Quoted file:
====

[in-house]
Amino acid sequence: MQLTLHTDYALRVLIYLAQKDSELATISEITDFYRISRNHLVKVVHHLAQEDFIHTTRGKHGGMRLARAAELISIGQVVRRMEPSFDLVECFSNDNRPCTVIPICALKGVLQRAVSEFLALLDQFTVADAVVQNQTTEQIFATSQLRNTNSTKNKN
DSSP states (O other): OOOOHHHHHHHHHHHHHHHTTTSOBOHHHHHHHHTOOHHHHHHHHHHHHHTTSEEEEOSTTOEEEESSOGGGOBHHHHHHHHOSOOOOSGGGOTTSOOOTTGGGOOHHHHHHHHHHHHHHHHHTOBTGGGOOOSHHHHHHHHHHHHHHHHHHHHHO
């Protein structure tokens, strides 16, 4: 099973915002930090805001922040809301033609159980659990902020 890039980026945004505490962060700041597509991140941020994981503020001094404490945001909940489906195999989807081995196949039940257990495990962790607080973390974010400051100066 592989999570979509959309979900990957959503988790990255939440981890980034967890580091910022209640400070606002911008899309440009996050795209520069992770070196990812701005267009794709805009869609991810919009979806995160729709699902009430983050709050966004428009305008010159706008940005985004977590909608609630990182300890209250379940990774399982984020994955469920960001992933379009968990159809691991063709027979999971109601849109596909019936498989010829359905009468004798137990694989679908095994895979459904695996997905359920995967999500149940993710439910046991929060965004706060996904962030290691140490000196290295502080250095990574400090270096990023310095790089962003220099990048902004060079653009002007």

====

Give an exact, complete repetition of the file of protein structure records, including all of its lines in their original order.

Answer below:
[in-house]
Amino acid sequence: MQLTLHTDYALRVLIYLAQKDSELATISEITDFYRISRNHLVKVVHHLAQEDFIHTTRGKHGGMRLARAAELISIGQVVRRMEPSFDLVECFSNDNRPCTVIPICALKGVLQRAVSEFLALLDQFTVADAVVQNQTTEQIFATSQLRNTNSTKNKN
DSSP states (O other): OOOOHHHHHHHHHHHHHHHTTTSOBOHHHHHHHHTOOHHHHHHHHHHHHHTTSEEEEOSTTOEEEESSOGGGOBHHHHHHHHOSOOOOSGGGOTTSOOOTTGGGOOHHHHHHHHHHHHHHHHHTOBTGGGOOOSHHHHHHHHHHHHHHHHHHHHHO
């Protein structure tokens, strides 16, 4: 099973915002930090805001922040809301033609159980659990902020 890039980026945004505490962060700041597509991140941020994981503020001094404490945001909940489906195999989807081995196949039940257990495990962790607080973390974010400051100066 592989999570979509959309979900990957959503988790990255939440981890980034967890580091910022209640400070606002911008899309440009996050795209520069992770070196990812701005267009794709805009869609991810919009979806995160729709699902009430983050709050966004428009305008010159706008940005985004977590909608609630990182300890209250379940990774399982984020994955469920960001992933379009968990159809691991063709027979999971109601849109596909019936498989010829359905009468004798137990694989679908095994895979459904695996997905359920995967999500149940993710439910046991929060965004706060996904962030290691140490000196290295502080250095990574400090270096990023310095790089962003220099990048902004060079653009002007």